Create a safe place

Create a place for your dog to shelter during fireworks. Drape your table with a blanket to create a space where it feels secure. If your dog is crate trained, cover it, and leave it open with blankets inside. These hiding places should help your dog feel less stressed during what can be a scary time.

Don’t show you’re worried

Don’t show you are worried as this can make your dog feel more stressed. Praise it for calm behaviour and carry on with your normal routine.

Provide entertainment

Help distract your dog’s mind by keeping it busy. Play games, give it a chew toy, and carry out some reward-based training.

Mask the sound of fireworksCocker Spaniel hiding under blanket.

Mask the sound of fireworks by keeping the radio or tv on. Classical music can help keep your dog calm. Music with a higher bass will assist in disguising the loud bangs.

Remember, every dog is different. What may have worked for your next-door neighbour’s dog may not work for yours. Try a combination of techniques; targeted at reducing stress in your dog, and then decide what works best.

Signs that your cat is stressed by fireworks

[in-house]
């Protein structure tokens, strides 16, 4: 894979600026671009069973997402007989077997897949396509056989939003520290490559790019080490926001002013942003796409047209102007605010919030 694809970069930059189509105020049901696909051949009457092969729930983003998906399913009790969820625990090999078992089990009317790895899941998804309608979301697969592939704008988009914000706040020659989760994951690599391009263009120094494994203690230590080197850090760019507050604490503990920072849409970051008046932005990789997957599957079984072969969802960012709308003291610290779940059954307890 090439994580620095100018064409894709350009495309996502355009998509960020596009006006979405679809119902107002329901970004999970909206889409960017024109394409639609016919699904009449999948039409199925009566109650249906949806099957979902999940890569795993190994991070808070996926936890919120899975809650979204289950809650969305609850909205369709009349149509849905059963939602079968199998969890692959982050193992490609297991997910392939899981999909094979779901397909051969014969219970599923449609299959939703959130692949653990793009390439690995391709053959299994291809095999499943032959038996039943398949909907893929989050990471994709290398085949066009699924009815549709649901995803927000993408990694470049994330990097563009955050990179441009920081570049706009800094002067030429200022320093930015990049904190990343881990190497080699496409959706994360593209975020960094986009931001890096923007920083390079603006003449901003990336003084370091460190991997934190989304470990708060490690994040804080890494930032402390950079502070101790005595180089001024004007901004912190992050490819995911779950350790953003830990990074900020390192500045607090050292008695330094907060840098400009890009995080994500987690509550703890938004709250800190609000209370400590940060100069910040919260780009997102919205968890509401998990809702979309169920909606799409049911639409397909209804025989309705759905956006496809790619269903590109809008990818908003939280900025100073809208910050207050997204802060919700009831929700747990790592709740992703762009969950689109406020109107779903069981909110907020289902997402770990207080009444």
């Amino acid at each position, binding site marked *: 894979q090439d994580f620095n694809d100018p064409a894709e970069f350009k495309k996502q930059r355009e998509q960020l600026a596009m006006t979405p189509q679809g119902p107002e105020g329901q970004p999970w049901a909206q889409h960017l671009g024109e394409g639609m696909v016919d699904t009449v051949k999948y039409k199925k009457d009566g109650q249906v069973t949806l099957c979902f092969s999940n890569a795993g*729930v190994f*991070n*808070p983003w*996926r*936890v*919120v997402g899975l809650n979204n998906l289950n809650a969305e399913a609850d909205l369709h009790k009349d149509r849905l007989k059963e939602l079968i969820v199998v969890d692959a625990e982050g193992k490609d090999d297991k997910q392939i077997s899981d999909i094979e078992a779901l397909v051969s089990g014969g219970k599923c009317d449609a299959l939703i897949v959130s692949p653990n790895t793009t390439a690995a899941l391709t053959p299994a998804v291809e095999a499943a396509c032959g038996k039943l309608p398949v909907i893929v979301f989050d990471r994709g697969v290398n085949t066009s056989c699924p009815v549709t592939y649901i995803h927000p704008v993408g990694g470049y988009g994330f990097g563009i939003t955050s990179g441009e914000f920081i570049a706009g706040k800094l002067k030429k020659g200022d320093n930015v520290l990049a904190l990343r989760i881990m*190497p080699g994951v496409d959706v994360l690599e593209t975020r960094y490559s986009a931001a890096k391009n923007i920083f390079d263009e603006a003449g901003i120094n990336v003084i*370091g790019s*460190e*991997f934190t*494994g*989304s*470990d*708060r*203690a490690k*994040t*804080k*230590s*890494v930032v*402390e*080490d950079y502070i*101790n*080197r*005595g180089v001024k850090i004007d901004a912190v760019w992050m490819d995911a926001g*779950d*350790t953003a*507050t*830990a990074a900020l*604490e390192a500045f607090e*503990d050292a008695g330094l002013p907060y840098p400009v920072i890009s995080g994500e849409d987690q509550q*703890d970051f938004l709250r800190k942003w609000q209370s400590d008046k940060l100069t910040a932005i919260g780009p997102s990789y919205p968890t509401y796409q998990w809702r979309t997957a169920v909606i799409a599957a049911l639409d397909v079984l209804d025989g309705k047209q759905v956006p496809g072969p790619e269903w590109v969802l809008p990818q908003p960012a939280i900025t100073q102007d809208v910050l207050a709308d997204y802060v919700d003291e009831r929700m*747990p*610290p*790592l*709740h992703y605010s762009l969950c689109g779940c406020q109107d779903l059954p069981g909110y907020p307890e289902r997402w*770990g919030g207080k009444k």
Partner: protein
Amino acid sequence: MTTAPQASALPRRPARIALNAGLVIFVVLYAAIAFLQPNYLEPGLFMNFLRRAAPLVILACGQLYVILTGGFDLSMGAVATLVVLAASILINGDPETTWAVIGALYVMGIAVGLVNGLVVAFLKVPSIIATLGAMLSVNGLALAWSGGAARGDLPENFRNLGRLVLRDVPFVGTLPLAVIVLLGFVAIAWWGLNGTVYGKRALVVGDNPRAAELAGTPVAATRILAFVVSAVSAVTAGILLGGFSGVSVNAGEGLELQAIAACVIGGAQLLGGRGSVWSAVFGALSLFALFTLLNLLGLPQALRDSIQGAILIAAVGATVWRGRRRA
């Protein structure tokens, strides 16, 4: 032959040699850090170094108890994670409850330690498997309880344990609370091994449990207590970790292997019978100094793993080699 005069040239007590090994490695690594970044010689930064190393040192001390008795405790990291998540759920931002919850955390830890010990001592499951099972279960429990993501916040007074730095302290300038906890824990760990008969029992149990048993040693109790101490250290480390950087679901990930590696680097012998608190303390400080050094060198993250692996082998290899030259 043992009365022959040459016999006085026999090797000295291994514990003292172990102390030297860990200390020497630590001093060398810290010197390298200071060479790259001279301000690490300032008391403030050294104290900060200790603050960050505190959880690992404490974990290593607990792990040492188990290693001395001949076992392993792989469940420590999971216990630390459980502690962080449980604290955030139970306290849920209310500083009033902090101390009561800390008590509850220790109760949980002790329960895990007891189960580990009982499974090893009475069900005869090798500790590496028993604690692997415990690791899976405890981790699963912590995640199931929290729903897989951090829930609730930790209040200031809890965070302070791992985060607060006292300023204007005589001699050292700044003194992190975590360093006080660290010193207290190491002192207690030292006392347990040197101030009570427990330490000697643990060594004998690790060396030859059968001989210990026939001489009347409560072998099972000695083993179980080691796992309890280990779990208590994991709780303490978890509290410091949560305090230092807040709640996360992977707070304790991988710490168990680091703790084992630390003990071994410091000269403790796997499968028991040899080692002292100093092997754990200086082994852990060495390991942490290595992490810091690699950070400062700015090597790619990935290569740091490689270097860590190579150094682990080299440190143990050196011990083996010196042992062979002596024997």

Even the most confident cats can struggle with the sound of fireworks. Stressed cats typically display the following symptoms:

  • Excessive grooming.
  • Hiding or appearing withdrawn.
  • Eating or drinking less than usual.
  • Pacing or restfulness.

Although it can feel worrying when your cat is stressed, measures can be taken to help your cat manage its anxiety during firework season.

How to keep your cat calm during fireworks

Desensitising your cat

Desensitising your cat occurs in a similar way it would for dogs. When your cat is in its haven, start to play fireworks audio at a low level. Gradually increase the volume and treat and interact with your cat each moment the volume increases. Over time, this therapy should help your cat become more accustomed to fireworks. As mentioned previously, desensitisation happens over a long period consequently, it is not a short-term solution.

Keep your cat indoors

Try to keep your cat in the house at night during firework season. If your cat is used to going outside at all hours, provide a litter tray.

Provide a safe space

Cats can feel a lot better if they have a safe space to retreat. Place their favourite bed in an enclosed and quiet area away from doors and windows. Position some extra toys and blankets in their safe zone or use catnip as a tempting distraction.

Stay calm

Cats can pick up on their human’s emotions. So, try to stay as composed as possible, as this can help put your cat at ease.

Distract your cat

Play with toys to distract your cat. If you’re using diversion methods, your cat should have less time to think about the loud bangs and more time to consider the fluffy items in front of it.

Consider using a plug-in pheromone diffuser